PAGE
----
The Volokh Conspiracy
Mostly law professors | Sometimes contrarian | Often libertarian | Always independent
As regular VC readers know, I wrote an article on the modern history of government racial classification, which I expanded into a much longer book, Classified: The Untold Story of Racial Classification in America. Readers have gotten a preview of the book in a series of blog posts I wrote arising out of my research, but if you have been waiting for the book itself, well, wait no more! Today is release day.
To celebrate, if you buy the book today and email me the receipt (dbernste at gmu dot edu) and your address, I will send you a signed copy of one of my previous books, either Rehabilitating Lochner or You Can't Say That! I have many more copies of the latter than the former, so if you want a copy of the Lochner book, act fast. (Please note that I have a busy travel schedule coming up, so you may not receive your book until mid-August.)
And just so those of you who preordered the book don't feel left out, if you preordered send me your receipt, your address, and which book you want, and I will send you a signed copy.
Will you like Classified? Well, I'm not objective, but here from the left, is liberal University of Texas law professor Sandy Levinson:
David Bernstein has written an illuminating, thoughtful, and often troubling book about the history of racial classifications in American law. This history underscores the validity of Oliver Wendell Holmes's dictum that 'experience,' rather than 'logic,' dictates the actual development of law, for Bernstein demonstrates the extent to which the adoption of racial (or, more commonly 'ethnic') classifications has been responsive far more to systematic political pressures rather than the application of a coherent overarching theory. Even (or especially) supporters of 'affirmative action,' as I ambivalently continue to be, will benefit enormously from confronting the material that Bernstein carefully presents. It truly deserves a wide readership and, just as importantly, respectful discussion.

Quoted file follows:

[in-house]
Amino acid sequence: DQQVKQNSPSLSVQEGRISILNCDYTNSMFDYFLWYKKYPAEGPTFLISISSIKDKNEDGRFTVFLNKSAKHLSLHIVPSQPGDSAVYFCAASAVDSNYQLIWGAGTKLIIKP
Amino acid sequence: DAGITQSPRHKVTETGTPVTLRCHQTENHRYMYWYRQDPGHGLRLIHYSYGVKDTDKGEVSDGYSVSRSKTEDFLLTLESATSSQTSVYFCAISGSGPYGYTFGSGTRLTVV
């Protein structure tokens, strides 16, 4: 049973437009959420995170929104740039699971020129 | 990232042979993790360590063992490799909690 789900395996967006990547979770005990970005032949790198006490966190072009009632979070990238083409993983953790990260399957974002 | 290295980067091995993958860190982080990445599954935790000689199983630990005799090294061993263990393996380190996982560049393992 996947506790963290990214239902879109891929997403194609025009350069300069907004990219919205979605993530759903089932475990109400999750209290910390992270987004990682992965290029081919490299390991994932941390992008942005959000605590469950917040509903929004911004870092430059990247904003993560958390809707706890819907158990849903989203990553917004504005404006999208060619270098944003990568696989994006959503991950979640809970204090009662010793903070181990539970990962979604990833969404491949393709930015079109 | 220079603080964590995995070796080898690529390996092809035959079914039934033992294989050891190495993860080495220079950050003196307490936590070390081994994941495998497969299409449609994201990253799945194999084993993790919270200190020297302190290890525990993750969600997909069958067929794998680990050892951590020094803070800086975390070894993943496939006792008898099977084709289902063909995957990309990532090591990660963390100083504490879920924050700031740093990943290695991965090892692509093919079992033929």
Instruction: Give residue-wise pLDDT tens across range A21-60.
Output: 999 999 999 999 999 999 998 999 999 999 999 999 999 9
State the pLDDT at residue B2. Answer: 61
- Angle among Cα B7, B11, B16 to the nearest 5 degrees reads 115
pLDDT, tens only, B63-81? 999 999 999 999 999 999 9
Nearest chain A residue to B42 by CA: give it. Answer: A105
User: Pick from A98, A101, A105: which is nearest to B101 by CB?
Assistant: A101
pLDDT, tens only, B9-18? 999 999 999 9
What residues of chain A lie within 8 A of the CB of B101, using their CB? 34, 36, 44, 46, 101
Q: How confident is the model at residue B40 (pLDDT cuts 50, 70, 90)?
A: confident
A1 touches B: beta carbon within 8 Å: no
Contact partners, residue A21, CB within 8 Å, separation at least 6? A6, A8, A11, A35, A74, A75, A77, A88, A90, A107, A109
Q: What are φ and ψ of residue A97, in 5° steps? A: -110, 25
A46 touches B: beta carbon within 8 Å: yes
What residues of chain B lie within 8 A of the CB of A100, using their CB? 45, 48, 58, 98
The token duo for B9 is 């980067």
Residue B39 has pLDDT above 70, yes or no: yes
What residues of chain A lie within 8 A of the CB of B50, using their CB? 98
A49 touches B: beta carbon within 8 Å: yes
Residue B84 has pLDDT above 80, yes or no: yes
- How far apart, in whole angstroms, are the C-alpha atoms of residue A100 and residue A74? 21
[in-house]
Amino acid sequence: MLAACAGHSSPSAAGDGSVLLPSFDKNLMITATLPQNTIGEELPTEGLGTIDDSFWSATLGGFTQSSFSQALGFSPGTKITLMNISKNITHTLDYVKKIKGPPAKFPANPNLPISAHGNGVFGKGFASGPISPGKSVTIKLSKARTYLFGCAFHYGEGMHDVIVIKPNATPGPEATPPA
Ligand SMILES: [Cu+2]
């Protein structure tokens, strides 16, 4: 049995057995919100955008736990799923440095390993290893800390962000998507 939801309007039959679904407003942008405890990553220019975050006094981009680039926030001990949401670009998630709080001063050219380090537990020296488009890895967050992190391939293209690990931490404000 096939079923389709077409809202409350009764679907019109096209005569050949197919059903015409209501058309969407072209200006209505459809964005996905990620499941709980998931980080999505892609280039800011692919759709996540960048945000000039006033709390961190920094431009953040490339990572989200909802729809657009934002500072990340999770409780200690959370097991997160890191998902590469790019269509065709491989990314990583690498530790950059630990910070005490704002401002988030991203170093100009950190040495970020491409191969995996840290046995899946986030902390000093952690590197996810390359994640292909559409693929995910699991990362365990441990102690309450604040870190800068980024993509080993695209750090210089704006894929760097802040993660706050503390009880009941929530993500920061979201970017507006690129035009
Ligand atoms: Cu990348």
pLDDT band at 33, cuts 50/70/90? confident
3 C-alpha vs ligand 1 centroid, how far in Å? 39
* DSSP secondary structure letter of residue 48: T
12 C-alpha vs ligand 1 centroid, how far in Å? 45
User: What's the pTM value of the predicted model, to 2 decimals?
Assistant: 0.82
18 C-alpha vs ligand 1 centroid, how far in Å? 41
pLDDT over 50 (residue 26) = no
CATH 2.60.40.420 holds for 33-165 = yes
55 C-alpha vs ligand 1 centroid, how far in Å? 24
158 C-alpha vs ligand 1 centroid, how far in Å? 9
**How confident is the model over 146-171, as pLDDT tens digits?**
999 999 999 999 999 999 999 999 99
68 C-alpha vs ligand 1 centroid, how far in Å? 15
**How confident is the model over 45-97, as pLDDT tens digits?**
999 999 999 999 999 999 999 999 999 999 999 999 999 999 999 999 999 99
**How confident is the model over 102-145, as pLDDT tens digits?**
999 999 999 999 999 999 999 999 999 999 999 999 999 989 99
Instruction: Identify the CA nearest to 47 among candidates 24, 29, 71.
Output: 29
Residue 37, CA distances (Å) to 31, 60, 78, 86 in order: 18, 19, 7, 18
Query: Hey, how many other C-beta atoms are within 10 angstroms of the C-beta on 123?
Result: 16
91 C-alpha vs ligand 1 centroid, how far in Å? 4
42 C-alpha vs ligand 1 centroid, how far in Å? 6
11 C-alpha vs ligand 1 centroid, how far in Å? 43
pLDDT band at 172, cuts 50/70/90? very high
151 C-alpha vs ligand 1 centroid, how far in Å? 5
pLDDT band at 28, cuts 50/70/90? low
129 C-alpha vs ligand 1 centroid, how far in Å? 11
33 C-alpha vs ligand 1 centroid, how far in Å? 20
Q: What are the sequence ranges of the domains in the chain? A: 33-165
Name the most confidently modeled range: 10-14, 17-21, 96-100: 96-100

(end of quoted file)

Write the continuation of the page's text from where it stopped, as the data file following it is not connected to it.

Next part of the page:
And from the right, George Will:
The nation urgently needs what David E. Bernstein here provides: a lucid explanation of the long and tangled intersection of racial classifications and the law. With the intellectual boldness and clarity that he brought to Rehabilitating Lochner, he points to a path from today's tensions to a less angry, more sophisticated future.
And from more or less the center, Stuart Taylor:
David E. Bernstein proves ably and conclusively that the familiar legal classifications for racial and ethnic groups used by the federal and state governments, census-takers, medical regulators, racial-preference dispensers, and others are arbitrary to an extreme. The standard classifications -- Hispanic, American Indian, black, white, and Asian or Pacific Islander -- combine hundreds of vastly disparate ethnic groups into a handful of sprawling categories. They are not based on science, biology, genetics, or anthropology. They are divisive. And they are exploited by "identity entrepreneurs," who claim a minority identity for economic gain.